and while they haven't (as far as we know) moved into electronics, shimano have moved up to ten gears at the rear, several years behind campagnolo (why so long?) but have altered another part of accepted cycling mechanics, though they have apparently already incorporated such in their xtr mountain bike groupset. they have moved the bearings from the bottom bracket to the outside of the shell. this means that the bottom bracket spindle can be increased in diameter till it all but fits the inside of the bottom bracket shell on the bicycle frame. and in an attempt to increase rigidity (as if such a monumental spindle itself weren't enough) the right hand crank (shouldn't we call it the right foot crank?) is permanently affixed to the spindle. the left crank fits in the normal manner onto splines on the left end of the bb spindle. apparently the bearings are easily replaceable, so when all wears out, you don't have to trash the whole chainset.
since i am unaware of any riders in the peloton complaining of a lack of rigidity in the bottom bracket or chainset of their shimano equipped bikes (flex is far more likely to come from the frame than the chainset - a bottom bracket spindle is far too short to exhibit any serious flex), so why have the big s found it necessary to apply mtb overkill to road bikes? i'm afraid my experience of shimano is that they just can't stop tinkering and making everything incompatible with everything else. good marketing ploy right enough. and despite the existence of the isis spline and shimano spline on bottom brackets (in true cycling tradition, both are incompatible with each other) campagnolo have stuck with the normal wedge fitting - this means that third party manufacturers such as fsh, have to make three versions of all their chainsets.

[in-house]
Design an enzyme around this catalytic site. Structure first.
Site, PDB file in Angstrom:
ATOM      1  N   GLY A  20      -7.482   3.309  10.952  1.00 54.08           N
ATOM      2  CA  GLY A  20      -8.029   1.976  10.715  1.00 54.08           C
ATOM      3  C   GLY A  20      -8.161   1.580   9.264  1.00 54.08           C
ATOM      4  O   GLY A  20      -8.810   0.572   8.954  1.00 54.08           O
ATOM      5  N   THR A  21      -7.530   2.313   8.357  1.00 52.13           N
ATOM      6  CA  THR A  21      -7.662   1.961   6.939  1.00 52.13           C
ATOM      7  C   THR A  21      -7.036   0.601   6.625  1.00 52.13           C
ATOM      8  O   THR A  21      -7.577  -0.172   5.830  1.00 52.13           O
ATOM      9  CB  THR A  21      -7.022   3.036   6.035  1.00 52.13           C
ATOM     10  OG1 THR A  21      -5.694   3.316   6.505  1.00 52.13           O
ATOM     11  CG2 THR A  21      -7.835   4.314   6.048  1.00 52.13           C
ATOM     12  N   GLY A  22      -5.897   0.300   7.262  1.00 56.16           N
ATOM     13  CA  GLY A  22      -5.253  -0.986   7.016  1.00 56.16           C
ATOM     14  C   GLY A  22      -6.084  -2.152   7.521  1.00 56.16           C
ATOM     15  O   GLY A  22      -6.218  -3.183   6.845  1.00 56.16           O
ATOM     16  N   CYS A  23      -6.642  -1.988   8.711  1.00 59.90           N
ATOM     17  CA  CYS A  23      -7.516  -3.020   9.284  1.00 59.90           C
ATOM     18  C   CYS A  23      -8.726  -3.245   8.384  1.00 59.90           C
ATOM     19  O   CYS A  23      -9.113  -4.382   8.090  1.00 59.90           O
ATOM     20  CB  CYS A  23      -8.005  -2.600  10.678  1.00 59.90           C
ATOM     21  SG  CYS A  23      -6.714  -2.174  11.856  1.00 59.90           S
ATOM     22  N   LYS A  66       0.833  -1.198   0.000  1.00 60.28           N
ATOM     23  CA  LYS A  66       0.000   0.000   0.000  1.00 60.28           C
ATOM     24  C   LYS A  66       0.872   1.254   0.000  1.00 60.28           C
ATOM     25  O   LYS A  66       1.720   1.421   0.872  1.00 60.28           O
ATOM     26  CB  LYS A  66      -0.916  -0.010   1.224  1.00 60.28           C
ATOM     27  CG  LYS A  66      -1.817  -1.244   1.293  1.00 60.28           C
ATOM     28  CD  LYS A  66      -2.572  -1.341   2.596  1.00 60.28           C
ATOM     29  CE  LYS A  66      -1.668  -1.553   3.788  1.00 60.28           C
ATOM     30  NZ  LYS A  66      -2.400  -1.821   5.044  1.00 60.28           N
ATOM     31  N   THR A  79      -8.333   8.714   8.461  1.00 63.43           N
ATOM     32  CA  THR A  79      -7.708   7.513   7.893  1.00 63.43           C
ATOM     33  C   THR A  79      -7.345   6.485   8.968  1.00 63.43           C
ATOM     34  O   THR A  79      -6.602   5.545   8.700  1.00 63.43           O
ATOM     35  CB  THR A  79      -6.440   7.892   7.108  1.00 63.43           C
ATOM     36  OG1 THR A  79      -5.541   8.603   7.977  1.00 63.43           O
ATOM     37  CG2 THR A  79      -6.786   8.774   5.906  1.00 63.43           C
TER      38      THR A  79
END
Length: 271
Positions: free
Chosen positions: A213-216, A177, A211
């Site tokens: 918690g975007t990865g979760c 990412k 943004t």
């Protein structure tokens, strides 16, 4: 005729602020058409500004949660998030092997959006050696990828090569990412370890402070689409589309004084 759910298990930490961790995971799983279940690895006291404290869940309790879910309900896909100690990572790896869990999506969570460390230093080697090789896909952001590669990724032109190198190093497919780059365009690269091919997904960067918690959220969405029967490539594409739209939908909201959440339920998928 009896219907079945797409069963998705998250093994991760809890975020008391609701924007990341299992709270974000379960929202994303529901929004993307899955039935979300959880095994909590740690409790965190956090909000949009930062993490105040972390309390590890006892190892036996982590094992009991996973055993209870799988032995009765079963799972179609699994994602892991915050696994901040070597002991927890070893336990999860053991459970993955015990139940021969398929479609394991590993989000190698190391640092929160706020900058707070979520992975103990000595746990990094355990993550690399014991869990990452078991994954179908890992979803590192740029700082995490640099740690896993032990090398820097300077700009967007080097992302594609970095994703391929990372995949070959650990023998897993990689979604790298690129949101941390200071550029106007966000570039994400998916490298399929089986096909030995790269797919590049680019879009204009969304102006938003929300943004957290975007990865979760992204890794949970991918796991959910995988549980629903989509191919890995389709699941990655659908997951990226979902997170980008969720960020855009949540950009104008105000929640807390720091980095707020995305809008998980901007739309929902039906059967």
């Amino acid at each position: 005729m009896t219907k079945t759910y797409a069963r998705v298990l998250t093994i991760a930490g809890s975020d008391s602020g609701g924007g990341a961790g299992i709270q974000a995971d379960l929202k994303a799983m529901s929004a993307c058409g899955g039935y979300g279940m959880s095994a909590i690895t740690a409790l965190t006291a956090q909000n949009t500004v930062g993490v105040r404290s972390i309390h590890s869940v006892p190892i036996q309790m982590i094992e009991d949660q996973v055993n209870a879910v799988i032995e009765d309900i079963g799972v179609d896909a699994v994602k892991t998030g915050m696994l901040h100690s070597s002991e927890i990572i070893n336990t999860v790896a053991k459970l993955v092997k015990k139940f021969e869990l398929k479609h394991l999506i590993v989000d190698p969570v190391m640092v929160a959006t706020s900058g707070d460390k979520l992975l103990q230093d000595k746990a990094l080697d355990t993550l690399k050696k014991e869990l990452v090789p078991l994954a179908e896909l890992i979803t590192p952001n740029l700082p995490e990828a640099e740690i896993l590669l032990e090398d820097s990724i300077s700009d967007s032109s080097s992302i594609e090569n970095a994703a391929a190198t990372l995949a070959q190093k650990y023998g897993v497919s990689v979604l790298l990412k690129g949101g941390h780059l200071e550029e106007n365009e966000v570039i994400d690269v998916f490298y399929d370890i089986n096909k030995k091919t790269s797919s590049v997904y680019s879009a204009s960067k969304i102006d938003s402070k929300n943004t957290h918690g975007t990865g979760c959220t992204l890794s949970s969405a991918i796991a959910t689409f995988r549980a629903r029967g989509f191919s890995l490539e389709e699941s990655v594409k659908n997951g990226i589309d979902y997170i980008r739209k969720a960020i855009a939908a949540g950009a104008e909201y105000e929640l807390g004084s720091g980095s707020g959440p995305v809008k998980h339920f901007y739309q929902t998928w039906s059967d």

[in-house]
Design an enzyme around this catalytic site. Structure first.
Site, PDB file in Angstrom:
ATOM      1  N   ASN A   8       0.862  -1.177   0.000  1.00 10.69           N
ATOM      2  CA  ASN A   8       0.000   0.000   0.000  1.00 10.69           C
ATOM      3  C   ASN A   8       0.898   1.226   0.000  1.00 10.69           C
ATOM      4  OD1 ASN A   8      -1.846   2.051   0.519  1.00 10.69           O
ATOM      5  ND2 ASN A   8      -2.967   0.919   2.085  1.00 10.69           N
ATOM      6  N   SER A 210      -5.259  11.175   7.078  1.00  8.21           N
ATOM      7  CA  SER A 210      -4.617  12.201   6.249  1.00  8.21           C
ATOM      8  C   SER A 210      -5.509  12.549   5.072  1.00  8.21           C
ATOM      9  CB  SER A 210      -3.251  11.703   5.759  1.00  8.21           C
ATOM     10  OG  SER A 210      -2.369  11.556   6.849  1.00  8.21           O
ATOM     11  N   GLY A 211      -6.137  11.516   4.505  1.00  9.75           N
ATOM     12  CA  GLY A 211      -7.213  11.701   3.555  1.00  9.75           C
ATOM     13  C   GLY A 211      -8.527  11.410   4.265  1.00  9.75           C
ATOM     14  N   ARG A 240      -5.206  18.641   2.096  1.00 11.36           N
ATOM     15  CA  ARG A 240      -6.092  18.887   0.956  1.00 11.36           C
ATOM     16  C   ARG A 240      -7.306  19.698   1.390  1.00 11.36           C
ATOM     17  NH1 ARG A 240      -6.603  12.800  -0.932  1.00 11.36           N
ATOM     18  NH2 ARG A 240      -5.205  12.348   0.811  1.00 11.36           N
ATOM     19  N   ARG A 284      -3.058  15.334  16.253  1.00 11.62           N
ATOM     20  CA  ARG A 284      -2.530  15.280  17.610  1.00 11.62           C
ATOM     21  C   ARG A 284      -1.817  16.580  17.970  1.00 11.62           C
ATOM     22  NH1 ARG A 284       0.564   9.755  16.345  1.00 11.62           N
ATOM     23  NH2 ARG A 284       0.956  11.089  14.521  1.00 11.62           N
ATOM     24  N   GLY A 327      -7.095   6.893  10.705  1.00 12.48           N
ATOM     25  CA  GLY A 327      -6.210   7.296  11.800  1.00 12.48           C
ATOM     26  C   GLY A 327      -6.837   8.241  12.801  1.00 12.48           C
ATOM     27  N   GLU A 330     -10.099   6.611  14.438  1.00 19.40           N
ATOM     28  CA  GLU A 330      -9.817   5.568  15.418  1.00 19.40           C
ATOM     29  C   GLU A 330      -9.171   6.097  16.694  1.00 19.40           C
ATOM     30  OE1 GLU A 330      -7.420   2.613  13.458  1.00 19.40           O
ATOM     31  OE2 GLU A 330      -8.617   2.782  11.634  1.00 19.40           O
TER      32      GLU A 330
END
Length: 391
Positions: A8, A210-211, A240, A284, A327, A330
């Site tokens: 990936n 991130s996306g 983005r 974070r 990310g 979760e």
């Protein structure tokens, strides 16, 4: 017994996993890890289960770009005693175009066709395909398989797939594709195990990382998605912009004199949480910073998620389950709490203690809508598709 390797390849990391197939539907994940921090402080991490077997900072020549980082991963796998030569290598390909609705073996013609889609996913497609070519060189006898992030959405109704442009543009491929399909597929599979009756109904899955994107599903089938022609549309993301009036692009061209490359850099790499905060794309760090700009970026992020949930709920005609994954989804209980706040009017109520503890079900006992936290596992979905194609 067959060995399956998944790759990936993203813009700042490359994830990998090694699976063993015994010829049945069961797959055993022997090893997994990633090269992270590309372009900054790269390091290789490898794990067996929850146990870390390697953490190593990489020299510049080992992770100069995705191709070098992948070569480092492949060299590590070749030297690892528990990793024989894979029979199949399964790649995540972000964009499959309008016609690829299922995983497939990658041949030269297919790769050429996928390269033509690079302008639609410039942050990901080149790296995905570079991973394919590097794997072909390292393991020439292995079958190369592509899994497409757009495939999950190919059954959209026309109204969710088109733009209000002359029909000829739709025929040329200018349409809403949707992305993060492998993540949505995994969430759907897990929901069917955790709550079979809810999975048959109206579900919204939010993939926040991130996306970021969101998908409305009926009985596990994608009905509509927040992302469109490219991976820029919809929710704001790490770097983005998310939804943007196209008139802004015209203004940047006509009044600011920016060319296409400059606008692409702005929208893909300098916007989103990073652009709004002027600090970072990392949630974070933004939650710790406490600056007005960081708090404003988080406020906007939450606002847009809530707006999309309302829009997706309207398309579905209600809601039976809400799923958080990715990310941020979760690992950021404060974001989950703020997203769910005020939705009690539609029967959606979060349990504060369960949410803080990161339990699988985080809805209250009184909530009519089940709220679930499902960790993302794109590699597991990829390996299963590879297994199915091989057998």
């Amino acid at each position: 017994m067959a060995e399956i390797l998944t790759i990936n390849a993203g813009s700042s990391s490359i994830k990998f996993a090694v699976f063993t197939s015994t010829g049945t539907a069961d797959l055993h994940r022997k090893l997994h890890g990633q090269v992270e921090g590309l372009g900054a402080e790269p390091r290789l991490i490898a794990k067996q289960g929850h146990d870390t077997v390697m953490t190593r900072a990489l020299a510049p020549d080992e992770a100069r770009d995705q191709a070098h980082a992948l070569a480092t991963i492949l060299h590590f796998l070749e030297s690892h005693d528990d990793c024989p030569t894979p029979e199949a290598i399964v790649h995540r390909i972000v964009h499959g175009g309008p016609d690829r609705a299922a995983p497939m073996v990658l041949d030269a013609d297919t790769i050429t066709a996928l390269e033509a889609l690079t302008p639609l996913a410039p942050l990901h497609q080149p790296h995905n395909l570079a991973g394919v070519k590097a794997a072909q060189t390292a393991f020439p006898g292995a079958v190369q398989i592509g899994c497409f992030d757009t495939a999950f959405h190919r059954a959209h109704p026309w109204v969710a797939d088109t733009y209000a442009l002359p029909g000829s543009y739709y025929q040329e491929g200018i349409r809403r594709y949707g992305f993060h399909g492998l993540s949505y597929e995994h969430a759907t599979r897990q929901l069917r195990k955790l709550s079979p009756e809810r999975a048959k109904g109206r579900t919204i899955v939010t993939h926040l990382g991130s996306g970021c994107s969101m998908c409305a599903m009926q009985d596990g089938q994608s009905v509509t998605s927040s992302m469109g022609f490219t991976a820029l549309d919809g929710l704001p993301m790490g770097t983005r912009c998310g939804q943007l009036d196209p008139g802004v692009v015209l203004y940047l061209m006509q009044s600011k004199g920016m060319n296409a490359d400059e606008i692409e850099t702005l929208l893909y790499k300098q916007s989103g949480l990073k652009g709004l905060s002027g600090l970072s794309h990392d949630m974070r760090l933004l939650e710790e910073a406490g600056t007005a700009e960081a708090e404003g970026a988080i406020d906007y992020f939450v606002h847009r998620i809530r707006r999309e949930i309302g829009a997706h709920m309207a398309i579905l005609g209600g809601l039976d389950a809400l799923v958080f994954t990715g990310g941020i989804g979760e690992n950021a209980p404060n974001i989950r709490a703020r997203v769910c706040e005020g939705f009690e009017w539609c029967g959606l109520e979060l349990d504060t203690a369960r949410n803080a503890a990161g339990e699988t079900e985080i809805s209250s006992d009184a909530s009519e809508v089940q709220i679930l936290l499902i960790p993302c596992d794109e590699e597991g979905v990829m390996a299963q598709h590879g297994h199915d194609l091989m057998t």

so instead of working on electronics, bottom brackets the size of a cannondale down tube, wouldn't it be better for all concerned if the big two concentrated on making each other's components compatible with each other.
after all, it's bound to make life easier for the mavic guys
surprisingly enough, after my last piece on 'are we being served?' about the necessity of being kept up to date with technical developments in the bicycle industry, the current issue of cycle sport has a section at the back of the mag detailing the bikes used in the spring classics, including the cervelo steel model and the specialized roubaix. does this mean they're reading the post, or is it pure coincidence?
on a slightly different note, my regular reader will have noted the addition of a 'colnago c40' rollover to the left. this contains a reprint of a recent article featured in cycle sport magazine, which they were very kind to let me present here (because i'm a colnago geek) i have also found an excellent review of the colnago c40hp here
i have been asked to add the following link to the post by wheelygoodcause. they're a cycling club dedicated to arranging epic rides for charity and do not charge charities for the pleasure. They ride because they want to, and the next ride takes them from st malo to biarittz and then across the raid pyrenees. so i have. and here it is.
Remember, you can still read the review of 'the dancing chain' the utterly excellent book on the history of the derailleur bicycle by clicking here
any of the books reviewed on the washing machine post can probably be purchased from amazon.co.uk or amazon.com
as always, if you have any comments on this nonsense, please feel free to e-mail and thanks for reading.
this column almost never appears in the dead tree version of the ileach but appears, regular as clockwork on this website every two weeks. (ok so i lied) sometimes there are bits added in between times, but it all adds to the excitement.
on a completely unrelated topic, ie nothing to do with bicycles, every aspect of the washing machine post was created on apple macintosh powerbook g4, ibook and imac computers, using adobe golive 5 and adobe photoshop 7. needless to say it is also best viewed on an apple macintosh computer.